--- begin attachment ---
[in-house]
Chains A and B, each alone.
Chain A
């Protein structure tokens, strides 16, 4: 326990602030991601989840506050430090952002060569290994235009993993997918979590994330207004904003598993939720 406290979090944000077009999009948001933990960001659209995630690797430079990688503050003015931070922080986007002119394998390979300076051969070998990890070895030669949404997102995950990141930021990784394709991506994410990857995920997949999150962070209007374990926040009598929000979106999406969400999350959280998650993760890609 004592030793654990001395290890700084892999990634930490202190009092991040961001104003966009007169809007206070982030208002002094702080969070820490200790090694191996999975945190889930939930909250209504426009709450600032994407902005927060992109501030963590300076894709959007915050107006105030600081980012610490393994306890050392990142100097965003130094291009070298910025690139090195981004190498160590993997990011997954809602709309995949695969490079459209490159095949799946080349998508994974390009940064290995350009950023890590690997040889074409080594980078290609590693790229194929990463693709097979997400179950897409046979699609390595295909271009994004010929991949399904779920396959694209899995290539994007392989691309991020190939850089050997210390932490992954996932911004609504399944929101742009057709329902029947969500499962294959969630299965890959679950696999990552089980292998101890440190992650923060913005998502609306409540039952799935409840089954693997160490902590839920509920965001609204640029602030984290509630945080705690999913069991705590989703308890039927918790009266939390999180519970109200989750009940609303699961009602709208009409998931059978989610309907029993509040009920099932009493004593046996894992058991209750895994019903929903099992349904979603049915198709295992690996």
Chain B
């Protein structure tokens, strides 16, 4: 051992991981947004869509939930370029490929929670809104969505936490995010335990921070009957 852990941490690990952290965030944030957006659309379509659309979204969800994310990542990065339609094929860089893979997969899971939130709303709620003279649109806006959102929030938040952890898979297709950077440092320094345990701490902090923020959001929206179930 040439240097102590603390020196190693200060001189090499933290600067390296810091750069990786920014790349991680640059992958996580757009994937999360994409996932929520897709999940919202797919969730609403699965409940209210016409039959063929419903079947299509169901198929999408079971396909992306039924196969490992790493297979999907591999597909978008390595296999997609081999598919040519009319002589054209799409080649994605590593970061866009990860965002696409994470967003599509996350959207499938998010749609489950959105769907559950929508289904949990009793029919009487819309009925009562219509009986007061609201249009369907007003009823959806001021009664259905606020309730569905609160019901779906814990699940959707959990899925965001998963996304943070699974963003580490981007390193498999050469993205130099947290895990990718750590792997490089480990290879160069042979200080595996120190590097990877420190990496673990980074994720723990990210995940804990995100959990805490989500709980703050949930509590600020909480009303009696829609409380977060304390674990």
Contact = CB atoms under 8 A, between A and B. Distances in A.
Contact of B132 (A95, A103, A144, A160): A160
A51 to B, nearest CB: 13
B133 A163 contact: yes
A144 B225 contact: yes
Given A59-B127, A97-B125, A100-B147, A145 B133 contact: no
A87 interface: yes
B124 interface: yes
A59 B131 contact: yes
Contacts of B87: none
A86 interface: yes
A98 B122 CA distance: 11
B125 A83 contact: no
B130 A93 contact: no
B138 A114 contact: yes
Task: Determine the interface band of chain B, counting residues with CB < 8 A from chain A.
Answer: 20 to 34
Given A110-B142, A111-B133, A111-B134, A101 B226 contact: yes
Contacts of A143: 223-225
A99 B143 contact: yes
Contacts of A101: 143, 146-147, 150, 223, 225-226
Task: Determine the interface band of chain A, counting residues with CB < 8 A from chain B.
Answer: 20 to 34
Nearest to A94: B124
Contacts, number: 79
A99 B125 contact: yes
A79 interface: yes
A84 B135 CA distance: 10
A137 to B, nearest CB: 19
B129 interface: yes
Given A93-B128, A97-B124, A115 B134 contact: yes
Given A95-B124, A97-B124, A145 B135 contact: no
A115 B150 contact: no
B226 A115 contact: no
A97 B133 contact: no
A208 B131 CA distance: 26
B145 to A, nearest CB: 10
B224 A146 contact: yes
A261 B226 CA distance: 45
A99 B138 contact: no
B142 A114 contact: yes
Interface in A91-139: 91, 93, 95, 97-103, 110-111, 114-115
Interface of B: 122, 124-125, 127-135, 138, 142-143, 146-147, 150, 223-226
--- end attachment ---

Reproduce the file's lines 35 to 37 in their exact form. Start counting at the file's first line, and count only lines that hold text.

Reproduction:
A137 to B, nearest CB: 19
B129 interface: yes
Given A93-B128, A97-B124, A115 B134 contact: yes